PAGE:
Passion and Freedom by Monsignor Ferrarese

Sometimes we are absolutely sure that we are right and everyone else is wrong. We approach these judgments with a fervor and a conviction that seems to preclude any other viewpoint.

We see this clearly in politics. Tune-in to your favorite news channel and listen to all those talking heads, both of the right and of the left. They all are absolutely convinced that they are right. I often wonder whether these commentators have a life, or at least a job. Or do they live in the studios? They seem to be always there!

There is a definite caution in the history of Christian Spirituality in the whole area of the passions. Passions are irrational forces that compel us in certain directions even when their actions result in all kinds of collateral damage. Passions drive us to do things that, on quieter reflection, would not be done due to their negative sides.

I am sure everyone has had the experience of getting angry with someone and sitting down to write them about it, say in an email. We express our anger and our annoyance and then we hit the ‘send’ button. This unleashes a whole host of angrier interchanges that end up in creating a battle and a resentment that far exceeds the initial annoyance. Whenever I find myself writing something in anger, I do not send it until the next day when I have cooled down. Almost always I end up deleting it since I am no longer angry and can see how my email would cause further disruption.

The passions work this way. They momentarily obscure the facts behind a veil of emotion.

Passion, however, can be a good as well. Passion is what art is all about. It is passion that gets the artist to express something in art. Passion can also teach as well, the whole area of emotional intelligence for example. But it can also be a powerful force that can be seriously destructive. Just ask someone in the throes of jealousy!

Because of the way the passions work on us and disrupt our lives, spiritual authors often speak of a virtue to help us stay in the region of freedom: detachment.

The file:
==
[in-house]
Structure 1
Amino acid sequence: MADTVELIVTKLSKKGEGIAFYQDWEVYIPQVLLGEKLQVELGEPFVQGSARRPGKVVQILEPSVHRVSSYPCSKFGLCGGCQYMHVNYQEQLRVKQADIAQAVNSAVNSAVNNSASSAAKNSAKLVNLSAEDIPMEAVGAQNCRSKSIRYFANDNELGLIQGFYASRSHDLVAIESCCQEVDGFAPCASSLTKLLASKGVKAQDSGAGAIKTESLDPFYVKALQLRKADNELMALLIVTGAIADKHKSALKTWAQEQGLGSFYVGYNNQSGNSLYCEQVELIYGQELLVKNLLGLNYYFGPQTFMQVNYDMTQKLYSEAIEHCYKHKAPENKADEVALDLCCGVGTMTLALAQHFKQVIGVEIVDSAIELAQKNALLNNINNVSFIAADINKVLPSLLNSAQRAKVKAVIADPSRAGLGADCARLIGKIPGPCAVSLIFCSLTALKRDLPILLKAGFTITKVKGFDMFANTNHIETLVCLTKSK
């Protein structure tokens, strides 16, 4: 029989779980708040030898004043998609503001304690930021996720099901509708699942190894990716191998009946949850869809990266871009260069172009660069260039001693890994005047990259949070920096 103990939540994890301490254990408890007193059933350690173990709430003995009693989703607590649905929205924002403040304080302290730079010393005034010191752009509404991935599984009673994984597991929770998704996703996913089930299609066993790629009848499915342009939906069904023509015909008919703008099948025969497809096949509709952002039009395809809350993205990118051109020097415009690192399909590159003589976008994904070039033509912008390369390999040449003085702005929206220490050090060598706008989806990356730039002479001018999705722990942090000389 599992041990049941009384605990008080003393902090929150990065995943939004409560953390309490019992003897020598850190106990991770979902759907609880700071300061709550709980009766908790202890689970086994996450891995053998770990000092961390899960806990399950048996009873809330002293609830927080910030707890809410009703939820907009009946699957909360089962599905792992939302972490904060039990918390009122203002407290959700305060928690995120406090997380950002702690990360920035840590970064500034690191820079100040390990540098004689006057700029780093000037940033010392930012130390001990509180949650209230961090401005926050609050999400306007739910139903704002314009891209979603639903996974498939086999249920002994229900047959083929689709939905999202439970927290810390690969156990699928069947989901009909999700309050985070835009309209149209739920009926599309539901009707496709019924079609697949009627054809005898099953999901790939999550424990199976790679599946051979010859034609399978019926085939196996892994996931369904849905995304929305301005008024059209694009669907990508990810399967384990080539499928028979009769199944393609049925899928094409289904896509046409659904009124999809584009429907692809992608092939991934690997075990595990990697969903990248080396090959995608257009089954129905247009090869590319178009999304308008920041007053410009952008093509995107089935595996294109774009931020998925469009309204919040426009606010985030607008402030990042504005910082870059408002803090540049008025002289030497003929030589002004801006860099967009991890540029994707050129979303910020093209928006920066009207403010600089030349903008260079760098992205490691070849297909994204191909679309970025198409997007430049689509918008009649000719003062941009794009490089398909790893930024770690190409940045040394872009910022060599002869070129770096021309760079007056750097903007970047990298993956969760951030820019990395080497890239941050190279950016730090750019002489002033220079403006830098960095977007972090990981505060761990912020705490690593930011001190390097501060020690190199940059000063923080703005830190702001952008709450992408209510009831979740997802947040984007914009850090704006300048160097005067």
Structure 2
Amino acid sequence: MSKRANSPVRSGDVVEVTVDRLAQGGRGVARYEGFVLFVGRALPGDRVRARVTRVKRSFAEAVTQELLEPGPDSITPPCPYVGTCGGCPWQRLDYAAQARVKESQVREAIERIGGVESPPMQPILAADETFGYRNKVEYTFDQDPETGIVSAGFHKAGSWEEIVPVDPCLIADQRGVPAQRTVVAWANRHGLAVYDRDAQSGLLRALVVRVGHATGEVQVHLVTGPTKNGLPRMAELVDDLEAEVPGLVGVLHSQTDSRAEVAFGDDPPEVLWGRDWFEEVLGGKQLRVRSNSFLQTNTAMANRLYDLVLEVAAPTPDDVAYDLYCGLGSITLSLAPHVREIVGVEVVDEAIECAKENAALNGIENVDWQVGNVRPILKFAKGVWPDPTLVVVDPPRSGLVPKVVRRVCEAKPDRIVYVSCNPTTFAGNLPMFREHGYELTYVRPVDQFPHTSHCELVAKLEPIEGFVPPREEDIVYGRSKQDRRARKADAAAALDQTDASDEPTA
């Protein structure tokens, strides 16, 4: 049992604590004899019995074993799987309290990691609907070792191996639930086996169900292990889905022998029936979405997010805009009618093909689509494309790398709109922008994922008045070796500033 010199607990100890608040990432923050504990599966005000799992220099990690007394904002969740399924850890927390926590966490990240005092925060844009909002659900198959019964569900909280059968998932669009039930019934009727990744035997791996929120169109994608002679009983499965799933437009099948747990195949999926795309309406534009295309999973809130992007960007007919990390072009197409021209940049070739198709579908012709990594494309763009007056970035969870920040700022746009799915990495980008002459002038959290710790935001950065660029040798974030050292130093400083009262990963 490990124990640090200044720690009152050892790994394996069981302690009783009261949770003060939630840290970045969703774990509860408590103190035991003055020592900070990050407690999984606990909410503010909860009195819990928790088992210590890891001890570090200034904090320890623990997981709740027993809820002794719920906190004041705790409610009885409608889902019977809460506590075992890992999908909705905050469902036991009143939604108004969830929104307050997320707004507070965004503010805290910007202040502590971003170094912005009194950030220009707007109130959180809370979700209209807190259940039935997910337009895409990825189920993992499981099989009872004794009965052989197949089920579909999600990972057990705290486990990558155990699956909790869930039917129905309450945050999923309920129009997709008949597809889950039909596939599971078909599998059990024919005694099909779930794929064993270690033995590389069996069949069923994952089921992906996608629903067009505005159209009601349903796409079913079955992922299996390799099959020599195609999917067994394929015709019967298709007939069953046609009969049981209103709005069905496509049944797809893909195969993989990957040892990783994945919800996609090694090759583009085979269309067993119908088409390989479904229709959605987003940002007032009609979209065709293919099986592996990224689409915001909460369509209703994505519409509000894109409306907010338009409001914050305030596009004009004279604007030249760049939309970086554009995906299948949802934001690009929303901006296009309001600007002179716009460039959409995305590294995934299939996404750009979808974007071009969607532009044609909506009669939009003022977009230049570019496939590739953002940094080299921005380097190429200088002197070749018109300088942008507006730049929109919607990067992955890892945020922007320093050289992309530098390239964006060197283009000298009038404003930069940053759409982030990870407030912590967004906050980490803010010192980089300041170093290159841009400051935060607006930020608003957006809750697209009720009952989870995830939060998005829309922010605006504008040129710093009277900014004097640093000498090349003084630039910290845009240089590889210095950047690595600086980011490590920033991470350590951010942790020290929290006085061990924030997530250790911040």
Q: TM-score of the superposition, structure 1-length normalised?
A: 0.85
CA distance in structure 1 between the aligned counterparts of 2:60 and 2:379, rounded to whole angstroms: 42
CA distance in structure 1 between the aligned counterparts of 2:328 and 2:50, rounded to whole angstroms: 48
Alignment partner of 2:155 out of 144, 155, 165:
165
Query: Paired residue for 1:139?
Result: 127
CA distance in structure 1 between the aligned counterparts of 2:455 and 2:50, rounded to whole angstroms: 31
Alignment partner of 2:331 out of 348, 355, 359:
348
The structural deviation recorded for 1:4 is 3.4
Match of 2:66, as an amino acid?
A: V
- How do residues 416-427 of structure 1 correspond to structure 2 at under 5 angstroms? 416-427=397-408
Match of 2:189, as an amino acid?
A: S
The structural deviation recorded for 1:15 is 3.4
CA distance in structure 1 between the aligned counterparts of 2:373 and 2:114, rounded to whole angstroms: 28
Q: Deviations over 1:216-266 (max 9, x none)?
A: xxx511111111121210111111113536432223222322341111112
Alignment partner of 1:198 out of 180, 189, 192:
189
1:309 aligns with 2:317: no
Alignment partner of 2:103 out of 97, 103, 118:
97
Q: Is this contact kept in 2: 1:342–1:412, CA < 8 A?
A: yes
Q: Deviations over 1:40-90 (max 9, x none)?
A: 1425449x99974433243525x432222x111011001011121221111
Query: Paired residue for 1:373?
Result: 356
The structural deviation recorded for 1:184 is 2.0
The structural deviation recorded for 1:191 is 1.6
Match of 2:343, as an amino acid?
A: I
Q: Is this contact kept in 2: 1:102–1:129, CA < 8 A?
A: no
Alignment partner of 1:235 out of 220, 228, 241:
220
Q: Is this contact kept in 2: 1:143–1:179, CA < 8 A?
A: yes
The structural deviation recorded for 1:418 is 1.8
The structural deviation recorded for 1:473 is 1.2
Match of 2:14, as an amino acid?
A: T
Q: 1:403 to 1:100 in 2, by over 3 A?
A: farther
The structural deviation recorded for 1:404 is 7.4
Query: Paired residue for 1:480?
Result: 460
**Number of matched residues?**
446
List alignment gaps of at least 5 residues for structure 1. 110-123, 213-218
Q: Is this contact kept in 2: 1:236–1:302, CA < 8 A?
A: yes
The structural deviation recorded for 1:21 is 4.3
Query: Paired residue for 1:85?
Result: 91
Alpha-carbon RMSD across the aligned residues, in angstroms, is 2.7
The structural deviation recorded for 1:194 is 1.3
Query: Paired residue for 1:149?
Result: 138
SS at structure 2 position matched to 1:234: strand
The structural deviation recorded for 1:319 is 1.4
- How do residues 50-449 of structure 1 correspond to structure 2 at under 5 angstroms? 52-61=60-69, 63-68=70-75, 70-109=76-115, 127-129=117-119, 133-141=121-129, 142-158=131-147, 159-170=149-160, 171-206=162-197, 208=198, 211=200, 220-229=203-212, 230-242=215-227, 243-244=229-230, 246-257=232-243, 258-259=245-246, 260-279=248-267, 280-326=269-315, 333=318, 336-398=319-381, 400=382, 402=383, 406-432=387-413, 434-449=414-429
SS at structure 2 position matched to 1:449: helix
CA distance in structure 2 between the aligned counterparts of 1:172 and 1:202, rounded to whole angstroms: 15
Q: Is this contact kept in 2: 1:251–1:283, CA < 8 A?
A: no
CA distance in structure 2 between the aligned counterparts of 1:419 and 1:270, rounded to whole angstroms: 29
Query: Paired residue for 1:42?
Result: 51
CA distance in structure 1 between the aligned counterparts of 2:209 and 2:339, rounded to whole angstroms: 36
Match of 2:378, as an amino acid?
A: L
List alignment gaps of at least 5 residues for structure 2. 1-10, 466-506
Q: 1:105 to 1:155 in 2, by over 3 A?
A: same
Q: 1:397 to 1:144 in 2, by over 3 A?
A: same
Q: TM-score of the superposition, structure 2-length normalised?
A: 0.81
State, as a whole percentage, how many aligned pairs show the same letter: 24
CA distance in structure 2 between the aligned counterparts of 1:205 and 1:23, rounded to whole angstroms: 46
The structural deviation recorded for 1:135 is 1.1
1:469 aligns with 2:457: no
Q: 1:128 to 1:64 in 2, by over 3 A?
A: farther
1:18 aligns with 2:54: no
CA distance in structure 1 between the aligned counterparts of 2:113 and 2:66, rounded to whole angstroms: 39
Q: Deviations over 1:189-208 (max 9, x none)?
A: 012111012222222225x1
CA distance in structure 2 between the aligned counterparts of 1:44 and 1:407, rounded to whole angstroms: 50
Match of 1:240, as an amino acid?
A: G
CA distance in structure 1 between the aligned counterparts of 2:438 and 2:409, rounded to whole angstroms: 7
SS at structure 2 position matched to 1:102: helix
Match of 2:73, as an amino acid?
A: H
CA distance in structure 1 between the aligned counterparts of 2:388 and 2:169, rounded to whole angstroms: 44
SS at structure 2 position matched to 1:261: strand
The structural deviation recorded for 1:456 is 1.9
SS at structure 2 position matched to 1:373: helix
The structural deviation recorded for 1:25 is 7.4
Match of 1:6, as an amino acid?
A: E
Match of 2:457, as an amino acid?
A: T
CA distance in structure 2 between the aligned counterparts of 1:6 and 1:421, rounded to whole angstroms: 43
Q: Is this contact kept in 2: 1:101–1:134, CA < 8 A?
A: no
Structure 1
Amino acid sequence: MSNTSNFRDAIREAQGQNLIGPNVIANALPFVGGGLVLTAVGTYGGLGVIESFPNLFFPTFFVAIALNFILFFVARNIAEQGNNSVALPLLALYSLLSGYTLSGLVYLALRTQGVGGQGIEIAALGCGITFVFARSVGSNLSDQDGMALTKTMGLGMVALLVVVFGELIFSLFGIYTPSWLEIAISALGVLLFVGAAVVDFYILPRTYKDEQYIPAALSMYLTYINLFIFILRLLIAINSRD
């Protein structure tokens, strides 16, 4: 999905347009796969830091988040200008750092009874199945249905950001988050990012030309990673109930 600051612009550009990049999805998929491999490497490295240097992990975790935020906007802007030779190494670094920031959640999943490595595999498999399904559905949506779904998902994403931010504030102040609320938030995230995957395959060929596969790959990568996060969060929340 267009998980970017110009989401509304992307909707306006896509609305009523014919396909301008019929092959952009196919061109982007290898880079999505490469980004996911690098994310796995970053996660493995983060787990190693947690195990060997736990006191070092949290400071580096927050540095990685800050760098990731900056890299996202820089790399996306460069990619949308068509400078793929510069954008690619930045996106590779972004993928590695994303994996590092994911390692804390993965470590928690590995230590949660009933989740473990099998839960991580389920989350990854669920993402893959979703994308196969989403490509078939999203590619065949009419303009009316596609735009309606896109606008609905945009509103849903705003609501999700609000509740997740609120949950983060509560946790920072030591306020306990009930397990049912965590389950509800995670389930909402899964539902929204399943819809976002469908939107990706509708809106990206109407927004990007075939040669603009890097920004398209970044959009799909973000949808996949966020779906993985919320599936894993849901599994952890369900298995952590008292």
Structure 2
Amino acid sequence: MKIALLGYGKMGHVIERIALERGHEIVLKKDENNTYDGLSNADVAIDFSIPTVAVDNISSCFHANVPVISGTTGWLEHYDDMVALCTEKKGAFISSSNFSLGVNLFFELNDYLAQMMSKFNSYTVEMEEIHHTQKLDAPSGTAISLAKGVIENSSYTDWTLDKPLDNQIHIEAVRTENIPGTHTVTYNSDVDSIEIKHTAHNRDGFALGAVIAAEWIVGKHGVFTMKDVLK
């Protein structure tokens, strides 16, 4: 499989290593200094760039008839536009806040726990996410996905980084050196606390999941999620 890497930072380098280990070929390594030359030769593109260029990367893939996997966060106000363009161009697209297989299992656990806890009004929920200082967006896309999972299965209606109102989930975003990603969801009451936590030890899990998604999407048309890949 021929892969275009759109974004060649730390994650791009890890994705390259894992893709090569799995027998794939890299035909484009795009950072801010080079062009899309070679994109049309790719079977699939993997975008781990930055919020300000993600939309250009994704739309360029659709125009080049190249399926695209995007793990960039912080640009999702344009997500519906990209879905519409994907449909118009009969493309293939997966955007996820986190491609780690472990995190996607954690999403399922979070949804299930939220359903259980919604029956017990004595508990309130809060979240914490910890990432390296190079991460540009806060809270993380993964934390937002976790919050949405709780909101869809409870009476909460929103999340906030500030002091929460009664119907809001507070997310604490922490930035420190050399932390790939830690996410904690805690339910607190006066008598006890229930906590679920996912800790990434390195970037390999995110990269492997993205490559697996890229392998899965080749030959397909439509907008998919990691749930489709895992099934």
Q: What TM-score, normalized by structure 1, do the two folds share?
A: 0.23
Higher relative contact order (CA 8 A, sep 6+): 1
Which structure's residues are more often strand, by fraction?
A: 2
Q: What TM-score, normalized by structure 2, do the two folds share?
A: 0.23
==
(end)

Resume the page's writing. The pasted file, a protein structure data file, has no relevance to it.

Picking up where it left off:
For most Americans, the word detachment is a negative word. It denotes someone who is unfeeling and uncaring. But this is not what the spiritual masters mean by it. It does not help that some of the masters like St. Ignatius of Loyola and St. Francis de Sales call it Holy Indifference. Indifference is a very negative word for us as well. So that term is also not a help.

Once we get around the initial expressions, however, the concept of detachment is very rich and useful, existing even in many non-Christian religions such as Buddhism.

What we mean by it is the ability to be able to step aside and not let the emotions run away with us; to be able to look at our feelings and our life situations with a calm and peaceful glance. In that look we can assess whether the situation and my response to it is a valid one and if it fits into the trajectory that is best for us and is in accord with the principles and ideals and beliefs that we espouse.

Whenever we say in the Our Father, “Thy will be done”, we are practicing the virtue of detachment since we are measuring and directing our response to any given situation as to whether or not God wants us to do it.

The virtue of detachment gives us tremendous freedom. We resist personalizing our opinions and the circumstances of life. When we begin to identify ourselves with what we want we are moving toward some real trouble.

There are times that we do this for fun, as when we identify with our favorite teams. As a Yankees fan, I am in agony when they lose and elated when they win. Who are the Yankees? Why do they have such control over whether I have a good day or a bad day? I gave them this power when I identified my happiness with their success and my sadness with their losses.

We all do this and we know that it is for fun (except Red Sox fans who have something strange in their brains!).

Detachment teaches us not to do this. It instructs us, rather, to identify our loves and successes with what God wants and our sad times with whatever is against the will of God. What freedom from emotional highs and lows this gives us! Our passions do not rule us. We can make our decisions based only on the facts and the teaching of Christ!

Freedom, whether intellectual or moral, requires this virtue to be dominant in us. Once we commit ourselves to be above the fray of the passions, we can truly say that we are living in Freedom.

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